Multitrophic Effects of Invasions in Marine and Estuarine Systems

  • Edwin D. Grosholz
  • Gregory M. Ruiz
Part of the Ecological Studies book series (ECOLSTUD, volume 204)

Invasions in marine and estuarine systems are no longer news to the coastal ecolo-gists who have been documenting the numerous introduced species appearing in coastal systems over the last several decades. We are now faced with a dramatically altered benthic landscape that includes a diversity of both native and non-native species. As ecologists, we seek to understand not only how these altered systems function, but predict future changes despite the fact that the species assemblage is continually shifting.

In a background of seemingly constant change, one of the top priorities for ecologists is to understand why some introductions result in large changes to native communities, changes that alter ecosystem function or services and that have large impacts on the natural and/or human sphere (Parker et al. 1999; Ruiz et al. 1999; Grosholz et al. 2000). We wish to understand what the consequences of invasions are and how we can learn from these to predict future impacts. Why is it that some invasions, perhaps not many, cause dramatic changes, whereas others appear to result in comparatively little change?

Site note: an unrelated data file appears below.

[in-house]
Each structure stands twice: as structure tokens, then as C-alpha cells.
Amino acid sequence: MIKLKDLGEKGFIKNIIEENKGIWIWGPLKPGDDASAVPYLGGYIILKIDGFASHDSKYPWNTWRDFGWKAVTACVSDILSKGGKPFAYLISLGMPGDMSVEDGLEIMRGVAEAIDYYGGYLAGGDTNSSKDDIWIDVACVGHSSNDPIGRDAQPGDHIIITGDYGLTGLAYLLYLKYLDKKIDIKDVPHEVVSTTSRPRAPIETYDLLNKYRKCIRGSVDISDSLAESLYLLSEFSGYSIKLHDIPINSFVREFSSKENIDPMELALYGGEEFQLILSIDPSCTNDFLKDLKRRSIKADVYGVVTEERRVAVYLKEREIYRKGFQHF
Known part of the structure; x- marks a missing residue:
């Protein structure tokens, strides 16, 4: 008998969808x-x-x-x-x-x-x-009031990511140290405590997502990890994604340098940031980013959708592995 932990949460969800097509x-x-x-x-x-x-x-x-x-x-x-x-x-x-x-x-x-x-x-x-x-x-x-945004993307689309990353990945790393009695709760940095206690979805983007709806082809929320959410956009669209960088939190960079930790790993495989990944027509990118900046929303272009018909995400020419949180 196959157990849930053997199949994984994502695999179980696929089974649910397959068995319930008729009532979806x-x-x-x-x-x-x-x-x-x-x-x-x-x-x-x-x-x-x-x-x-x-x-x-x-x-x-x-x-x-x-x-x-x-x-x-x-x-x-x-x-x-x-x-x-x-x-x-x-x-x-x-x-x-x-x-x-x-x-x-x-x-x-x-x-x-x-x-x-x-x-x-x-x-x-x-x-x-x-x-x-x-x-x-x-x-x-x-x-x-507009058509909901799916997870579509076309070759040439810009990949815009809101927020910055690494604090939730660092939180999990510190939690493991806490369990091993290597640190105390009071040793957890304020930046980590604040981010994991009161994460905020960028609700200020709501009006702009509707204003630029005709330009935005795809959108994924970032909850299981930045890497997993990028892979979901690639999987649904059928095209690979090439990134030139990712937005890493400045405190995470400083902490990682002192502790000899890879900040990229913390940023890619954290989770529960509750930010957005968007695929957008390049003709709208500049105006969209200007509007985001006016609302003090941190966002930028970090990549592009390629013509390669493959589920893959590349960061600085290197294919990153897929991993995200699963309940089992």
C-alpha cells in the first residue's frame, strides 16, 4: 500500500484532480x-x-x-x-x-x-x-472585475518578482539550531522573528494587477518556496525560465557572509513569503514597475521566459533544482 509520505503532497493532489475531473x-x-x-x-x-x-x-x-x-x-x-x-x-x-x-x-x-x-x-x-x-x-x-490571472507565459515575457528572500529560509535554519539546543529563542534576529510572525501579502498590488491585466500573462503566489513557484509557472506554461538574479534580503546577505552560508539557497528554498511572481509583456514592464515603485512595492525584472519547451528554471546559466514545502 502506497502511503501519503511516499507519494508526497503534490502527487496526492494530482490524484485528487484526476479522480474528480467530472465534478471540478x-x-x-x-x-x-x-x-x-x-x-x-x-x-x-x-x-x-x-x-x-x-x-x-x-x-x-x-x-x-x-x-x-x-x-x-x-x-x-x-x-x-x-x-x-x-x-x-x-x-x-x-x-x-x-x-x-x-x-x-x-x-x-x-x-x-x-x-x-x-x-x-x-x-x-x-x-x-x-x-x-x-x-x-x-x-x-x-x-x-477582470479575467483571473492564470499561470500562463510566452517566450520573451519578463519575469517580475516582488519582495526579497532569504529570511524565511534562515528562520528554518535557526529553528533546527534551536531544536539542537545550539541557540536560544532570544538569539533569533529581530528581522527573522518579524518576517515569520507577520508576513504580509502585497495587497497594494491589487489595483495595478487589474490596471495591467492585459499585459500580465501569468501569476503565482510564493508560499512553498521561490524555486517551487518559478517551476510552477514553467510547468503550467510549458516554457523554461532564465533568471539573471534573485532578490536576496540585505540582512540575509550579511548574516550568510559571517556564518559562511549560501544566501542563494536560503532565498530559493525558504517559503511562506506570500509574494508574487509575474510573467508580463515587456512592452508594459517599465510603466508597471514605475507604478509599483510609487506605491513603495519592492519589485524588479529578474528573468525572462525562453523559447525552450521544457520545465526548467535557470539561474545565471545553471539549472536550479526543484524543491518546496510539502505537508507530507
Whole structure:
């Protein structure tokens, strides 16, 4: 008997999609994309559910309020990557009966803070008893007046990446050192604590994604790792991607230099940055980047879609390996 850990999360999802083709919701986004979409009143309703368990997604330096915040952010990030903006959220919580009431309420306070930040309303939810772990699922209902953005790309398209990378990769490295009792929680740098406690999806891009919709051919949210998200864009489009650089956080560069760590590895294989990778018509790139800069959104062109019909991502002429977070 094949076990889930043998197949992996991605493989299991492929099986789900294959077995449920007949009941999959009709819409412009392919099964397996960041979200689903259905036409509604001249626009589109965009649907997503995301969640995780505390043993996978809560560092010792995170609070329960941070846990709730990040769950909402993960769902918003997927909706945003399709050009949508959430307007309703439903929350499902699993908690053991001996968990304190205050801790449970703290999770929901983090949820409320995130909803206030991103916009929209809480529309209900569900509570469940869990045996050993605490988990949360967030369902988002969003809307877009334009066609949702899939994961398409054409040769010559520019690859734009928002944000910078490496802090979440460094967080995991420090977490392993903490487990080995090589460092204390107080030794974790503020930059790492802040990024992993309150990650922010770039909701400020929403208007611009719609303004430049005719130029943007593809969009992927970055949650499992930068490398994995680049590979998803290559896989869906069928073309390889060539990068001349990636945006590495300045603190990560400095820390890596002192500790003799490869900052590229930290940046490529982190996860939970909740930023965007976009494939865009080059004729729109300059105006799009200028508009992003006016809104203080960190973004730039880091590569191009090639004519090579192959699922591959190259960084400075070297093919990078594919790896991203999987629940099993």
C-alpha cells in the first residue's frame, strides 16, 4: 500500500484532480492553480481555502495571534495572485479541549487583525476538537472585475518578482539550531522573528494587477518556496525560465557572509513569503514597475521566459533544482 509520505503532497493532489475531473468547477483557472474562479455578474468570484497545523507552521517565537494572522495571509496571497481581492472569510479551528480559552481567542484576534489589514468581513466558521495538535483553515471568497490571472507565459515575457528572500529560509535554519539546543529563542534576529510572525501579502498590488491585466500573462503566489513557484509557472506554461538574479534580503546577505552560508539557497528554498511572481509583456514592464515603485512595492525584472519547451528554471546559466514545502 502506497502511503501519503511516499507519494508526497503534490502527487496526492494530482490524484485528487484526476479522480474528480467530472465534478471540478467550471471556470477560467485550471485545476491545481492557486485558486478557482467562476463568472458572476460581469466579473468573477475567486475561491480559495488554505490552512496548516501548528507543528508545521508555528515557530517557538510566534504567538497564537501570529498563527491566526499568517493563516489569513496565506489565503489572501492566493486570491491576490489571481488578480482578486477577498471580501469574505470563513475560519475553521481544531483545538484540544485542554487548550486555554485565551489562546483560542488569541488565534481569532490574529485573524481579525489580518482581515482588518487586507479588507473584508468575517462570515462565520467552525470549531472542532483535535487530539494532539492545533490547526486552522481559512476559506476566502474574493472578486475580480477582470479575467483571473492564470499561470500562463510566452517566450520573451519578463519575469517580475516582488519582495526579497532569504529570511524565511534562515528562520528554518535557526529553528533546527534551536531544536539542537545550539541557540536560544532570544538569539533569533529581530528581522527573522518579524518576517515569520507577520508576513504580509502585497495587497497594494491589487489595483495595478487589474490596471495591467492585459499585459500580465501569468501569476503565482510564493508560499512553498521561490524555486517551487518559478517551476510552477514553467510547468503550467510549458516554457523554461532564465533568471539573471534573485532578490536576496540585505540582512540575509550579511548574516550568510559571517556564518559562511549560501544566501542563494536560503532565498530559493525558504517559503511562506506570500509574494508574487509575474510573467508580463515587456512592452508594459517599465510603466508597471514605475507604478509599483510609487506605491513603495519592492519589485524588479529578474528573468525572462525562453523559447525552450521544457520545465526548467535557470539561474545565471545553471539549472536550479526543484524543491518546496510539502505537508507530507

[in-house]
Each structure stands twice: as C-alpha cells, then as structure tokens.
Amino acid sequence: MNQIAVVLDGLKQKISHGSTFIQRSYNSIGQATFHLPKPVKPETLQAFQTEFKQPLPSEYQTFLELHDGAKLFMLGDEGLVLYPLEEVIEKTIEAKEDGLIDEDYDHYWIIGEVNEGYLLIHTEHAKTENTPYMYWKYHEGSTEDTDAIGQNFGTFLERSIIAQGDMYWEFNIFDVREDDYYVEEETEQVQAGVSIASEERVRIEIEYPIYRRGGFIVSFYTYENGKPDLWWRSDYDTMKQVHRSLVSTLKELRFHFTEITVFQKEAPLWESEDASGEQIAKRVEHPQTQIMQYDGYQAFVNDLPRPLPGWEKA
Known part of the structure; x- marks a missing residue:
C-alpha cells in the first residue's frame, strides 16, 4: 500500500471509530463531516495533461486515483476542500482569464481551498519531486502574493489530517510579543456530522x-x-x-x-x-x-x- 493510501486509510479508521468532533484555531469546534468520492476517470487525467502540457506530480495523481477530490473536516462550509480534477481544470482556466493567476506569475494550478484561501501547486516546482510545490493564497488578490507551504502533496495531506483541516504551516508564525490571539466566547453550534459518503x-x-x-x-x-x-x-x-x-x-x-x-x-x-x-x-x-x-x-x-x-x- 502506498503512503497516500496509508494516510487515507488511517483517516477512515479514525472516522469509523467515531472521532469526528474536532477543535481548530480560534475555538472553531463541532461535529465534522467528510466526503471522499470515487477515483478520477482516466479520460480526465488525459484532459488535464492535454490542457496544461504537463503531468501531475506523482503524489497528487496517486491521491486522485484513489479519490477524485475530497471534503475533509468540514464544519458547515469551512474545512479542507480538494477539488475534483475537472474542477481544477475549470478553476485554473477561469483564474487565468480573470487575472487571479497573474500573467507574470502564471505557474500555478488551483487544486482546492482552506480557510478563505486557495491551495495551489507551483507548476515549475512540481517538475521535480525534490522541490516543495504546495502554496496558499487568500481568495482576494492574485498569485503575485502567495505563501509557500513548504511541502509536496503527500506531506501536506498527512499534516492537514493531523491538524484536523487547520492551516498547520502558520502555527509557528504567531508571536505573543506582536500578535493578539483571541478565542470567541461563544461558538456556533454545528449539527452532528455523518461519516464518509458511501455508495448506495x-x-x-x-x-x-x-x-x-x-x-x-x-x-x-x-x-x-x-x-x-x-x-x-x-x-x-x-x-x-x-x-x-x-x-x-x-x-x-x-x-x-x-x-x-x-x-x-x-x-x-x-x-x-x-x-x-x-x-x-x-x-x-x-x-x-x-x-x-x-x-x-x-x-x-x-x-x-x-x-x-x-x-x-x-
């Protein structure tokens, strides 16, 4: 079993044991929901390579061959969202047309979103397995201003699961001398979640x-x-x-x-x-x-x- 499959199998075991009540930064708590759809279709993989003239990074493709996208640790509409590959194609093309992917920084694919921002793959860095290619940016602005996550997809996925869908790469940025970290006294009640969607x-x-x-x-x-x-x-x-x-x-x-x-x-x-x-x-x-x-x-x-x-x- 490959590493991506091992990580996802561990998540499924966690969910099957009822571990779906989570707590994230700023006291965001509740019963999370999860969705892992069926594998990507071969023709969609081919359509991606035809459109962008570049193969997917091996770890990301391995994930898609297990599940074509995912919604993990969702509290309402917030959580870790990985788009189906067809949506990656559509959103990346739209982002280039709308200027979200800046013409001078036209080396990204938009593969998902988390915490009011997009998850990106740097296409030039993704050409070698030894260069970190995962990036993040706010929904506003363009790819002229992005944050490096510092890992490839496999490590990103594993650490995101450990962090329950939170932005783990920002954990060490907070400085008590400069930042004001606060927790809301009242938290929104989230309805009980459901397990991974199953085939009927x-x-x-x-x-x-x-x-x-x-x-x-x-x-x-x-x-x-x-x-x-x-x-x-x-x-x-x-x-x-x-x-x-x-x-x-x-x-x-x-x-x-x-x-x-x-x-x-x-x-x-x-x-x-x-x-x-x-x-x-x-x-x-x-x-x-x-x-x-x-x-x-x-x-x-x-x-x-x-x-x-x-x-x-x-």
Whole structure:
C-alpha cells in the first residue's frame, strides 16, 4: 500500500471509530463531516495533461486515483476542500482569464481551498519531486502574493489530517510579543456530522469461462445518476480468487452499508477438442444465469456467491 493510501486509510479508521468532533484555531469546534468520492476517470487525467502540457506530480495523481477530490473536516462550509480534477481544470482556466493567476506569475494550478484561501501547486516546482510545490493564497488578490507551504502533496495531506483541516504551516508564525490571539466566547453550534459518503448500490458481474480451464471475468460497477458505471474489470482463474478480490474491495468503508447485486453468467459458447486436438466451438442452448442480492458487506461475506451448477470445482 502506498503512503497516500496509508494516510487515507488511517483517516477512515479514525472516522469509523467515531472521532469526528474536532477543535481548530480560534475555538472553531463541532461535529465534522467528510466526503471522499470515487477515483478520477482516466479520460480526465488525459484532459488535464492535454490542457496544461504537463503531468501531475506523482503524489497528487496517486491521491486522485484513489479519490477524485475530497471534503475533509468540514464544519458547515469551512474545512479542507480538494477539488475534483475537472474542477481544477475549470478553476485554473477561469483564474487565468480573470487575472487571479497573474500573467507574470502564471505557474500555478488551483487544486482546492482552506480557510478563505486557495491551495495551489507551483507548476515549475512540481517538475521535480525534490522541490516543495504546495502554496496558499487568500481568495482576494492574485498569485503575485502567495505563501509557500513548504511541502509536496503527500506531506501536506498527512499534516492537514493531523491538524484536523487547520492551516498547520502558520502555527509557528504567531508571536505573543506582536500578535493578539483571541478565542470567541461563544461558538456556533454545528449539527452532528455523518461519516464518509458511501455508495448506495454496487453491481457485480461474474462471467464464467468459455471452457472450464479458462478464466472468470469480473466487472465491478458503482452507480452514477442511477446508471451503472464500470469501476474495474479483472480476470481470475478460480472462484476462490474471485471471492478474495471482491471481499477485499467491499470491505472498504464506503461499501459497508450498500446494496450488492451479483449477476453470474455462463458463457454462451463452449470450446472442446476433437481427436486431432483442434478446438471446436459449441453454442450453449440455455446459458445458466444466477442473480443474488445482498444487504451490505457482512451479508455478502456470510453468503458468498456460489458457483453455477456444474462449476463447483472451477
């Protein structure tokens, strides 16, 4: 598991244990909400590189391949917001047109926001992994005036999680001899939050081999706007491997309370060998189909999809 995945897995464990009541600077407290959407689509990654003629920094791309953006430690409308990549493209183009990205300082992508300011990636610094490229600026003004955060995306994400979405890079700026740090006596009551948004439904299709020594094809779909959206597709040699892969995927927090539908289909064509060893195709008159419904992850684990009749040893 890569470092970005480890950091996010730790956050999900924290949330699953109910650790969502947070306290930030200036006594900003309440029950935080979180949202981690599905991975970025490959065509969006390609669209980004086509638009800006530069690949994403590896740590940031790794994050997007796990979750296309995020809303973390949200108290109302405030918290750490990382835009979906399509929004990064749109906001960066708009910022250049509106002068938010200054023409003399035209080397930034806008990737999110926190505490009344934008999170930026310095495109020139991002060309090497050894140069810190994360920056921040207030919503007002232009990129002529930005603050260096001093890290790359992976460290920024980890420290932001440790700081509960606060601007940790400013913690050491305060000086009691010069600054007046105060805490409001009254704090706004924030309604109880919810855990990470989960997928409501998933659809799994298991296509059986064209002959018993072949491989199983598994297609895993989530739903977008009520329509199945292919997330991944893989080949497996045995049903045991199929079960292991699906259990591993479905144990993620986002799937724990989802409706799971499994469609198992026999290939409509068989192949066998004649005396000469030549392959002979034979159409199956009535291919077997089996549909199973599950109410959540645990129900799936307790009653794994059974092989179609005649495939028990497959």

Trophic Level Trophic Cascade Ecosystem Engineer Green Crab Spartina Alterniflora 
These keywords were added by machine and not by the authors. This process is experimental and the keywords may be updated as the learning algorithm improves.


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Copyright information

© Springer-Verlag Berlin Heidelberg 2009

Authors and Affiliations

  • Edwin D. Grosholz
    • 1
  • Gregory M. Ruiz
    • 2
  1. 1.Department of Environmental Science and PolicyUniversity of California DavisDavisUSA
  2. 2.Smithsonian Environmental Research CenterEdgewaterUSA

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